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Why is the statement ......"I is a student" not correct but "I am a student" correct?

Does this have something to do with the 8 forms of Be? If so, where can I learn more about when to use the 8 forms of Be. Thank you. - Mandie
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"I is" is incorrect and "I am" is correct AXIOMATICALLY. That is - it's a rule you have to learn, not a consequence.

Where can you learn more? Right here...
I am
You are
He is
She is
One is
It is
We are
They are

No-one is
Nobody is
Nothing is
Someone is
Something is
Anybody is
Anything is
Everybody is
Everything is

If any other word or phrase precedes is/are then you should use "is" if the word or phrase is singular, or "are" if the word or phrase is plural. For example "This website is ...", or "The people on this forum are ..."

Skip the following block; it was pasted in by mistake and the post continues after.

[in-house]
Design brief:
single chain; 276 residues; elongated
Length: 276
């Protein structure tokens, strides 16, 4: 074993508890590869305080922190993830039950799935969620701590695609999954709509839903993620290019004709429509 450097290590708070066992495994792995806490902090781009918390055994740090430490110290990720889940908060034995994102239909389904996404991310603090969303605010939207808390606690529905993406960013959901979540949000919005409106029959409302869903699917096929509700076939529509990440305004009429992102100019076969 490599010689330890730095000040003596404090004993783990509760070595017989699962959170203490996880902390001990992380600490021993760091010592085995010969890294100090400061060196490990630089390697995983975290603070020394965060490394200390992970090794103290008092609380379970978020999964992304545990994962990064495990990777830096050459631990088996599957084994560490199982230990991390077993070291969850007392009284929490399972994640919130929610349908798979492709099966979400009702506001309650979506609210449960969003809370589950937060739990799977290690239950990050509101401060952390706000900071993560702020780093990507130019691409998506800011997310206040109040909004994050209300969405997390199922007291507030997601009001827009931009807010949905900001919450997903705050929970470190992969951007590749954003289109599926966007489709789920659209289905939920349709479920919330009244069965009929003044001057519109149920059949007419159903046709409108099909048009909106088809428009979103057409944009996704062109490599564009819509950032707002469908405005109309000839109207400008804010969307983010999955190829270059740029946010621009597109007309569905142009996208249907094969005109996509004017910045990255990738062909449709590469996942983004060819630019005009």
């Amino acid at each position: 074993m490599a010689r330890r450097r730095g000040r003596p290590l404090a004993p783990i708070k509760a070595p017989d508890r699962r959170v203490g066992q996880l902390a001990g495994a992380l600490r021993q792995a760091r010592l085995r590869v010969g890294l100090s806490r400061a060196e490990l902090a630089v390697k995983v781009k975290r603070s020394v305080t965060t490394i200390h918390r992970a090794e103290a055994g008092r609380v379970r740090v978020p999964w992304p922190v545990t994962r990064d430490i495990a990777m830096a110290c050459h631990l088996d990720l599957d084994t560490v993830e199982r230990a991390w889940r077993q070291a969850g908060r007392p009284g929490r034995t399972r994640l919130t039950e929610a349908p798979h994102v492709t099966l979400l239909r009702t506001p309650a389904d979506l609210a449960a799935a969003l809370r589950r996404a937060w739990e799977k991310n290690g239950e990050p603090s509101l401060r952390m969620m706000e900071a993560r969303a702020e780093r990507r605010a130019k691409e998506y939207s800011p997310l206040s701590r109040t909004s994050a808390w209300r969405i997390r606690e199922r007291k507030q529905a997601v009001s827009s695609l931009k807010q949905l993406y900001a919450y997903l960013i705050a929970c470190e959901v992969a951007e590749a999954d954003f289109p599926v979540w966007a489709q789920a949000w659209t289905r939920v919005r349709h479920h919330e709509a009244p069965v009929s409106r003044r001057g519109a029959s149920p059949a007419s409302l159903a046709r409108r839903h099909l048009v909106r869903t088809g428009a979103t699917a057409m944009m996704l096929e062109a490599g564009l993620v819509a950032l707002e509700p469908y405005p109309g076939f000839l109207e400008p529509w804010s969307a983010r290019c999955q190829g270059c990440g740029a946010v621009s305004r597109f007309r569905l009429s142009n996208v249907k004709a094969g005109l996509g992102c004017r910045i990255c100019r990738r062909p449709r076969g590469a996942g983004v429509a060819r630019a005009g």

Hope that helps,
Rommie
Comments  
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The exception is a non-count noun such as water, cake, bread, etc. These nouns are always treated as singular i.e. "water is refreshing", "cake is delicious", "bread is made by bakers".
That's not an exception. Nouns which are being used as non-count nouns, by definition, can never be plural.

But - as I'm sure most of us realize - a noun can be count or non-count DEPENDING ON HOW IT IS USED.

So:
"That cake IS delicious" = correct - count noun, singular
"Those cakes ARE delicious" = correct - count noun, plural
"Cake IS delicious" = correct - mass noun

Rommie